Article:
A poll worker in a western Michigan city has been charged with two offences after allegedly plugging a flash drive into a computer with sensitive voter registration data during an August election, local officials said on Wednesday.
At the primary association on August 2, according to a statement from district employee Lisa Posthumus Lyons, a poll worker was seen plugging a USB drive into the computer used to manage the election, in a district in Gaines Township in Kent County.
The incident underscores the so-called “insider threat risk,” which has increasingly worried election officials, particularly in battlefield states such as Michigan, where falsehoods about systemic voter fraud were the most widespread in the 2020 election.
“This incident is extremely egregious and incredibly alarming. This is not only a violation of Michigan law, but also a violation of public trust and the oath that all poll workers must take,” Lyons said in the statement.
Chris Becker, the county prosecutor, said he charged poll worker James Donald Holkeboer with falsifying voting records and using a computer to commit a crime. If convicted, he could face up to nine years in prison.
Holkeboer could not immediately be reached for comment.
While Lyons did not name Holkeboer, she said the incident involved one of the “everyday citizens who were trained and certified by employees to work in the districts and absent district authorities” and was not an employee of the county or community of Gaines.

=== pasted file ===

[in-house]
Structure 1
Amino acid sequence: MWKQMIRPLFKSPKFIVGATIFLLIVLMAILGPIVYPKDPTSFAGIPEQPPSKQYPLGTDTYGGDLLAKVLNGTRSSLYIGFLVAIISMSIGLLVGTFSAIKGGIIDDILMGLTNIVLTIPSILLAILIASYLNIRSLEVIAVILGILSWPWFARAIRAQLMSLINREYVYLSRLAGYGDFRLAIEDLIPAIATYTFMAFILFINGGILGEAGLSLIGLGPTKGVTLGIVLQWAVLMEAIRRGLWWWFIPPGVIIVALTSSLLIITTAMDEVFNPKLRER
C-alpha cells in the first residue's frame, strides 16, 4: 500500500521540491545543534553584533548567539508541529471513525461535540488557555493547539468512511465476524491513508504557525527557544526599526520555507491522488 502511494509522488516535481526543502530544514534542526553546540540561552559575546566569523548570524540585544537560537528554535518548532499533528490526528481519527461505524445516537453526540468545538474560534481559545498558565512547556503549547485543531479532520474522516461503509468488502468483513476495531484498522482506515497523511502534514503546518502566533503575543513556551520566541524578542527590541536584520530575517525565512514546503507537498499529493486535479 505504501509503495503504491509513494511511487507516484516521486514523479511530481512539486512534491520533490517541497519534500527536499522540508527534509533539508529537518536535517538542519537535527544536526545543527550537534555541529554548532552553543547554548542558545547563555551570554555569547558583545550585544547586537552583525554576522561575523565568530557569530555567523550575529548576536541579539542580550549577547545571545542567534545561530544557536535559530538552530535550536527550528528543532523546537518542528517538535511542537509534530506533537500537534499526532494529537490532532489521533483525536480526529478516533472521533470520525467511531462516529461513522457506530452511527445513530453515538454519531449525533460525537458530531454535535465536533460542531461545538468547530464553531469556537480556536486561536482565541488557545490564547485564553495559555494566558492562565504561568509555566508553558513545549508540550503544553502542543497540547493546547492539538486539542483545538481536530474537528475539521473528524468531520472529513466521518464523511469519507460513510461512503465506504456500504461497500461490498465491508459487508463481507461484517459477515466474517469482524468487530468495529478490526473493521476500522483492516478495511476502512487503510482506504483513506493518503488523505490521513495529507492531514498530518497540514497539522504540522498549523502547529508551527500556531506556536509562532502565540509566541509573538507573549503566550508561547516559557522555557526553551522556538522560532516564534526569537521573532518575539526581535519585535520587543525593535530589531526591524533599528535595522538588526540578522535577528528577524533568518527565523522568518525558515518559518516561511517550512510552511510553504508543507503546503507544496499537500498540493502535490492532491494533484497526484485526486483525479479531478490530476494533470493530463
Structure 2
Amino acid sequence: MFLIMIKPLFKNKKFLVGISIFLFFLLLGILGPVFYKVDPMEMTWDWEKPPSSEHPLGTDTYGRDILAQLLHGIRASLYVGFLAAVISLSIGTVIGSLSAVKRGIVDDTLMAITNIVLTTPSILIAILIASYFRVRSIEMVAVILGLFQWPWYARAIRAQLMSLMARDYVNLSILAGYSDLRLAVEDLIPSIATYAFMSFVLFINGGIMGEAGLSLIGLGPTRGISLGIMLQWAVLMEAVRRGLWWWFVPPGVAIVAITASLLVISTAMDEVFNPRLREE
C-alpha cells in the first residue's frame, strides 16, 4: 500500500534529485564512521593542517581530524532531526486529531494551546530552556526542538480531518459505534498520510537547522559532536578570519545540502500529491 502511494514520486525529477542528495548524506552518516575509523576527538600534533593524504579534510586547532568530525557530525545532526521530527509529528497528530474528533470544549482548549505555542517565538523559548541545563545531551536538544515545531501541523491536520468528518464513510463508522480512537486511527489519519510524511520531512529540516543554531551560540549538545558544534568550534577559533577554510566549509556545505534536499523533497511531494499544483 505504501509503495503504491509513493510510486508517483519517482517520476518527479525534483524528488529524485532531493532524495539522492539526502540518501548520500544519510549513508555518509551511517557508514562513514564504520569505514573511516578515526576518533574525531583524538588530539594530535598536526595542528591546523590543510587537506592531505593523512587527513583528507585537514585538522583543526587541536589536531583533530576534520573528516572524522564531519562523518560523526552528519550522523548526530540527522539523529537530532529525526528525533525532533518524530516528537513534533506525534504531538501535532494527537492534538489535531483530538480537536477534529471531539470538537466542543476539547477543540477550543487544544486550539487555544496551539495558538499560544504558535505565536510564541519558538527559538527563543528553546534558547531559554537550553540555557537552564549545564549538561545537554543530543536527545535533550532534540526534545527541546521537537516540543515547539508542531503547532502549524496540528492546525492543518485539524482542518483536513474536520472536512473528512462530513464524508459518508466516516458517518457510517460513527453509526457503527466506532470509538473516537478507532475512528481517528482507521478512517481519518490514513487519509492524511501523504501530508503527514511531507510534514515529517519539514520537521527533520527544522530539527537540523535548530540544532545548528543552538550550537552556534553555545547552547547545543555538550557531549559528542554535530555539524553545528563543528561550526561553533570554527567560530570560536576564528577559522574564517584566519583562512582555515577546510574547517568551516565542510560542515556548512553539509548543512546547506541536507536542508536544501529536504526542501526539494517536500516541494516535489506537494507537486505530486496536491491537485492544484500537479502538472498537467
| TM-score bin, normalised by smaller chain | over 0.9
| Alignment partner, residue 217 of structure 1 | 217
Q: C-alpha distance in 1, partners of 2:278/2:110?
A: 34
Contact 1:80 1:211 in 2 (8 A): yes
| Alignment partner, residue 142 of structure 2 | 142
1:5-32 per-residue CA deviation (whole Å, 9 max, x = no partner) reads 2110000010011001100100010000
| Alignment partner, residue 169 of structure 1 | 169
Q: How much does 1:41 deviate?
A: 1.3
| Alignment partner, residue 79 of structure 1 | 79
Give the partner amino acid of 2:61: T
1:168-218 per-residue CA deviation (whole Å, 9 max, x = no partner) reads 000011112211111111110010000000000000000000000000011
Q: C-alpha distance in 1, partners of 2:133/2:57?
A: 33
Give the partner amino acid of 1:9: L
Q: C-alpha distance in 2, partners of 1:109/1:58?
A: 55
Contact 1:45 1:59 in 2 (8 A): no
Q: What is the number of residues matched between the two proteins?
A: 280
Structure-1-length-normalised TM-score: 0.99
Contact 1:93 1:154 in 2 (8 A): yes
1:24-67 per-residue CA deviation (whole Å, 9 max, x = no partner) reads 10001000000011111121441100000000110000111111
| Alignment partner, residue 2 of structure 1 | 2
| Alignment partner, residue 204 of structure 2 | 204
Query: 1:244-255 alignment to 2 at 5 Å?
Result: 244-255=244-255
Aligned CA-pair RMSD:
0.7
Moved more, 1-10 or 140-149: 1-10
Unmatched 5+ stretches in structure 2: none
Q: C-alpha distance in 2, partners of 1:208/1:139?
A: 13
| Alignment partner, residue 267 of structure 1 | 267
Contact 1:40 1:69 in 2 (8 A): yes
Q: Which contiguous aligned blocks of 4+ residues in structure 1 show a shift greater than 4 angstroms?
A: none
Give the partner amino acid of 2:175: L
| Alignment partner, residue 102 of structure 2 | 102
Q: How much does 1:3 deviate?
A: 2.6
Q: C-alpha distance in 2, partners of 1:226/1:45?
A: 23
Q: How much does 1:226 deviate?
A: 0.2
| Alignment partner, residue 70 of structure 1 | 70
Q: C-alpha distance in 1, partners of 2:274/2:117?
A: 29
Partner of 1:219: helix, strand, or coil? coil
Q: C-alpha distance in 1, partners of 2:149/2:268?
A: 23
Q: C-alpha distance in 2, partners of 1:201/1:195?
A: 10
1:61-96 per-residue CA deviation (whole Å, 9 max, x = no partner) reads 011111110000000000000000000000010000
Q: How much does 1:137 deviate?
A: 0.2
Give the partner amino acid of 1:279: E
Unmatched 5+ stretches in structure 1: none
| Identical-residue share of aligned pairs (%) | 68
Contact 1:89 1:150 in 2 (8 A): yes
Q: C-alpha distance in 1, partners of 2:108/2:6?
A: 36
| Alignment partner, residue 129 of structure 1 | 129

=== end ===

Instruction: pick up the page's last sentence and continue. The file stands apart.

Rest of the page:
The poll worker was seen by a witness in a district in Gaine’s Township plugging a USB drive into the electronic ballot book, the computer used to manage the election. The election book contains voter registration information, including confidential information that may not be published under Michigan laws.
According to Lyons, the violation had no effect on the results of the primary association in August, as it occurred after the files had already been stored in the district’s encrypted system. She said the survey book was not connected to tabulation equipment or the Internet.
There were a number of security breaches involving voting equipment in Michigan following the 2020 presidential election, with supporters of former President Donald Trump and his baseless claims of widespread voter fraud having access to tabulators at various locations across the state searched.
Last month, attorney General Dana Nessel, a Democrat, appointed a special prosecutor to oversee the criminal investigation that her office had launched over the security breaches. She tried to resign from the investigation because her Republican challenger in the November election, Matt DePerno, was among the nine people facing possible charges.
A spokesperson for the Michigan Secretary of State said the injured equipment in Gaine’s Township was decommissioned and would not be used in the November general election.